Chanting "Kosovo is Serbia," thousands of the province's minority Serbs gathered in their biggest protest in years Thursday, countering rising separatist sentiment among Kosovo's ethnic Albanians.
Hours before the 30,000-strong Serb rally in the provincial capital, Pristina, 25,000 ethnic Albanians staged their own protest in the city, denouncing what they called "Serb terror and repression in Kosovo."As a deadline for Serbia to ease up on Kosovo Albanians expired Thursday, the German and French foreign ministers arrived in the Serbian capital of Belgrade on a mission that will determine if new sanctions will be imposed on Serbia.
Further dampening prospects for a diplomatic solution of the Kosovo crisis, ethnic Albanians blamed Serb police for another fatal shooting Wednesday.
Relatives of 46-year-old Qerim Muriqi say he apparently died of a chest wound after being shot Wednes-day by Serb police who fired on a crowd at a peaceful demonstration in Pec, 30 miles west of the Kosovo capital, Pristina.
Serbian police denied the assault Thursday, saying the media reports were "erroneous, malicious and biased."
In Pec, up to 3,000 people filed past Muriqi's open coffin draped with a red Albanian flag, flashing the victory sign with their fingers during a wake prior to the funeral.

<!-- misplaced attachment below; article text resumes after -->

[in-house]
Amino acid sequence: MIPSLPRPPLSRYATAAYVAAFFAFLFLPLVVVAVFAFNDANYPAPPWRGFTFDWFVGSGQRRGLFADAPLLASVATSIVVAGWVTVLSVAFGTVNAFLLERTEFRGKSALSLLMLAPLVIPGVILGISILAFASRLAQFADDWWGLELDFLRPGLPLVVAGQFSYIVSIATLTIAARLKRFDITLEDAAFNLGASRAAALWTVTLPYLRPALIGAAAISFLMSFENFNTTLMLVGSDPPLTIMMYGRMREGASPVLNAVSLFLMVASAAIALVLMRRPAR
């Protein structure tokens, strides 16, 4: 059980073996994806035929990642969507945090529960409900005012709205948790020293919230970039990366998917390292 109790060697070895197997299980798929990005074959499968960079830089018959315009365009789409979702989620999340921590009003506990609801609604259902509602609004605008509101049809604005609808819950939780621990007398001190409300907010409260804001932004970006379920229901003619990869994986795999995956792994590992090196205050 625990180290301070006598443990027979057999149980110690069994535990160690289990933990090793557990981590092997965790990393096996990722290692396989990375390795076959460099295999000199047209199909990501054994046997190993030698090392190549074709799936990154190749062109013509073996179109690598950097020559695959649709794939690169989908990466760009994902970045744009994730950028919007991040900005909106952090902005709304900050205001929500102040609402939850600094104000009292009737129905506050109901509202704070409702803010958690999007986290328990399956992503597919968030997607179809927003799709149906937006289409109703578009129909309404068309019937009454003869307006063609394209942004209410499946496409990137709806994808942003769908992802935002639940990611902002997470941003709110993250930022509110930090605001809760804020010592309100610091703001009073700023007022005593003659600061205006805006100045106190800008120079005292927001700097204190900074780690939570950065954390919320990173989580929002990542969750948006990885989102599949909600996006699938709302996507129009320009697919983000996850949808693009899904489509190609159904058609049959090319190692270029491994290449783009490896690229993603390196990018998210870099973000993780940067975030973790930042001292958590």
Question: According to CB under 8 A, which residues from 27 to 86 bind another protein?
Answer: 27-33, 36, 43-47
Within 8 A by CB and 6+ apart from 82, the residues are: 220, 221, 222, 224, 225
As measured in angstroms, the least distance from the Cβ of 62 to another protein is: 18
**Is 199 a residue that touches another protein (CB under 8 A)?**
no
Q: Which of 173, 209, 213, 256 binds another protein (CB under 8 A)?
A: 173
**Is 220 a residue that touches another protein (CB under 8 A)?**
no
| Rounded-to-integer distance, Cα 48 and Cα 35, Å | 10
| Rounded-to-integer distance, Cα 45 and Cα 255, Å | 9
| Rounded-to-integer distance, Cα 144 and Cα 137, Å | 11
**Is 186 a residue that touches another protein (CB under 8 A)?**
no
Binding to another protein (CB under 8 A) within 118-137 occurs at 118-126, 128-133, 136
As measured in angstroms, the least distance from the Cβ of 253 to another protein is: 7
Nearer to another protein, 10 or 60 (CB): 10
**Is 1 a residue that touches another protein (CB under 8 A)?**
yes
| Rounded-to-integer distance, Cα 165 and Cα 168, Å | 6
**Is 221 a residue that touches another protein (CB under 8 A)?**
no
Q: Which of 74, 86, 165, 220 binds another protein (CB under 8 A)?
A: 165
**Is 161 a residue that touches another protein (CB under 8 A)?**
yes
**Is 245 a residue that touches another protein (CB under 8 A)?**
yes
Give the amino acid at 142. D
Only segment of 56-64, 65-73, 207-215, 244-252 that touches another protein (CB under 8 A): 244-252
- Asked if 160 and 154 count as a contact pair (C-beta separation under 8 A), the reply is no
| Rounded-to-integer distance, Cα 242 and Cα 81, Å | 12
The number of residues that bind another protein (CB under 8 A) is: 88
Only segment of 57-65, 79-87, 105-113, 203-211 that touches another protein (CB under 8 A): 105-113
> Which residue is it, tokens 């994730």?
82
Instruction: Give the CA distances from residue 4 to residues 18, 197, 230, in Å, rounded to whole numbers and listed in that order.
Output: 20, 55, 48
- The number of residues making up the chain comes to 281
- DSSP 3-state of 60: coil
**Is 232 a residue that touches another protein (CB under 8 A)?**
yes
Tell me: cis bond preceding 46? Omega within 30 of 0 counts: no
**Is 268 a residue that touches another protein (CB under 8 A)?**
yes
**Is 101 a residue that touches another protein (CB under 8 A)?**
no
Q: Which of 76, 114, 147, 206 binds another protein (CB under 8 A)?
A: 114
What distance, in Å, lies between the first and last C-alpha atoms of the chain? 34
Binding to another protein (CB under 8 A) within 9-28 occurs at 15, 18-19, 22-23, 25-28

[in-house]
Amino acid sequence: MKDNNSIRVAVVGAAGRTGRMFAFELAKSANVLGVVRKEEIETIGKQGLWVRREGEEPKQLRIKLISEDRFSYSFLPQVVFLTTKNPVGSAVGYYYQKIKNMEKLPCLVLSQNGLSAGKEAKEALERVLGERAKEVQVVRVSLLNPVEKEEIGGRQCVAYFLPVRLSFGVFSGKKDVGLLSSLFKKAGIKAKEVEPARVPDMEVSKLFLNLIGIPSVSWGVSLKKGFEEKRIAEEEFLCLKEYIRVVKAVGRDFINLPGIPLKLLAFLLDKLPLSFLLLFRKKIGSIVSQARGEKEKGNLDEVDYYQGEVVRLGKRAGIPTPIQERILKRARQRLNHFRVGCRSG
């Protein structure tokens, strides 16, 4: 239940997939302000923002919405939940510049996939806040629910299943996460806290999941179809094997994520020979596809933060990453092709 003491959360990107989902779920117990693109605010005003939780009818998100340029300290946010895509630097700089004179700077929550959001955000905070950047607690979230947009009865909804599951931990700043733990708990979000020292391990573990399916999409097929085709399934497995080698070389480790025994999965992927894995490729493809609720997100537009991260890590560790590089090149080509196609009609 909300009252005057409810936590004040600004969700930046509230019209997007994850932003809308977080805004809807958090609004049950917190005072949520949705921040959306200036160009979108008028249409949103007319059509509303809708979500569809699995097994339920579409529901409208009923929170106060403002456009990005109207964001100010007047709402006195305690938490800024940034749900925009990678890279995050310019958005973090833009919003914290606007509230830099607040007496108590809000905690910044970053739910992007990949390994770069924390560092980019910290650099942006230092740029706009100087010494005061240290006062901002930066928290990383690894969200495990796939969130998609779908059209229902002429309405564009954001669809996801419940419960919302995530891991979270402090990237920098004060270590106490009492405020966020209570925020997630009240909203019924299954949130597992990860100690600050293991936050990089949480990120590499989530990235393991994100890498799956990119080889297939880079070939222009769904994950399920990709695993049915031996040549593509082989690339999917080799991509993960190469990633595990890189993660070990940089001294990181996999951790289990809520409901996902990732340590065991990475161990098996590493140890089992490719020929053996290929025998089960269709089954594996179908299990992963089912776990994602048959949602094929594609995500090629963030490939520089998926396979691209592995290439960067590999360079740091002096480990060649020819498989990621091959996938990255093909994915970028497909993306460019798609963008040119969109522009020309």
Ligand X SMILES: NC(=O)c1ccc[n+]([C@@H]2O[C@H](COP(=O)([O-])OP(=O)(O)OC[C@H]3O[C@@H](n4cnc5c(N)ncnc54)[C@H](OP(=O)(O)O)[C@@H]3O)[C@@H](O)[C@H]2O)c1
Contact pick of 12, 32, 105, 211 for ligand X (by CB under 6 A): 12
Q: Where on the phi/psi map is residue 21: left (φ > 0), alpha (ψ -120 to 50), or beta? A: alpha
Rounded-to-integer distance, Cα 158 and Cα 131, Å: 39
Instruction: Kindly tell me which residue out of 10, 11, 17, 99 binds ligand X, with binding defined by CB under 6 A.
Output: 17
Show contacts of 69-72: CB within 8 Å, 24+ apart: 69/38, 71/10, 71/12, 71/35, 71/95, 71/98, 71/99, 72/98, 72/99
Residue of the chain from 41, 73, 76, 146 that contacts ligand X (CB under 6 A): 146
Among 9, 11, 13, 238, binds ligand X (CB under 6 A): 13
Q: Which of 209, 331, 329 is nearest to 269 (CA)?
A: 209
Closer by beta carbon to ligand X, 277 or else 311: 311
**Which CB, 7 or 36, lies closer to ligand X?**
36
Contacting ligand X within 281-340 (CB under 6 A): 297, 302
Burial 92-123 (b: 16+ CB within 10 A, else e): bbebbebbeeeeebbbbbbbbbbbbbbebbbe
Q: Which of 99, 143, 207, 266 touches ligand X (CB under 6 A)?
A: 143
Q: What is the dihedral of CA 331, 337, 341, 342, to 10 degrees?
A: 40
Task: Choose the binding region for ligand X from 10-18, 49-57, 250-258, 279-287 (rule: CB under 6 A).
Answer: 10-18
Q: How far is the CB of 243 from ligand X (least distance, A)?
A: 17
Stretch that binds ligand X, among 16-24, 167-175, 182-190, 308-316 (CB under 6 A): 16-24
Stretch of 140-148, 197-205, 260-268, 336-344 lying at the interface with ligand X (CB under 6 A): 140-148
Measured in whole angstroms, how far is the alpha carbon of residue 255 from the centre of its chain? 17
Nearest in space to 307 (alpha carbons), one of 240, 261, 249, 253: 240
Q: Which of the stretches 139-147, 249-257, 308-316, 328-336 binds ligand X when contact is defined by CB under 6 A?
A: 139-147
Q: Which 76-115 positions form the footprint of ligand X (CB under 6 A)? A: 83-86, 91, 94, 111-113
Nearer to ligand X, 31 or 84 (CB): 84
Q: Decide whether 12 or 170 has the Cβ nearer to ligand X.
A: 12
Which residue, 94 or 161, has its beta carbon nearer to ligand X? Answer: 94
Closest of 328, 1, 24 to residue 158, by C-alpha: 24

His 5-year-old son, Ilir, weeping, said, "I want to go with pappy. Don't take him away." Another son, Besarta, 15, repeated "my father, my father" over and over, sobbing uncontrollably.
At the same time, about 3,000 Serbs marched in Pec in a loud but peaceful demonstration. At one point, they stood and watched the Albanian funeral procession go by.
In Pristina, about 25,000 ethnic Albanians held the latest in a series of rallies against what they say is "Serbian terror and repression" in Kosovo.
People sat down in silence till noon, then rang bells and jingled keys to signal that an international deadline had expired and that Serbia should be punished. Dozens of Serb policemen in full riot gear watched the protest but did not intervene.
At a rally two hours after the Albanian protest ended, about 30,000 Serbs staged a counter-protest in downtown Pristina, carrying Serb flags, singing Serb nationalist songs and chanting "Kosovo is Serbia."
After the Albanian protest ended, witnesses reported several brawls between unidentified Serbs and Albanians. At least four reporters working for Western media were beaten and kicked, apparently by plainclothes Serb policemen.
The United States and European countries had set Thursday's deadline for Serbia to withdraw special police from Kosovo and meet other requirements or face toughened international sanctions.
German Foreign Minister Klaus Kinkel and his French counterpart, Hubert Vedrine, arrived in the Yugoslav capital of Belgrade Thursday for talks with the Balkans' chief power broker, Yugoslav President Slobodan Milosevic, and other Serbian officials.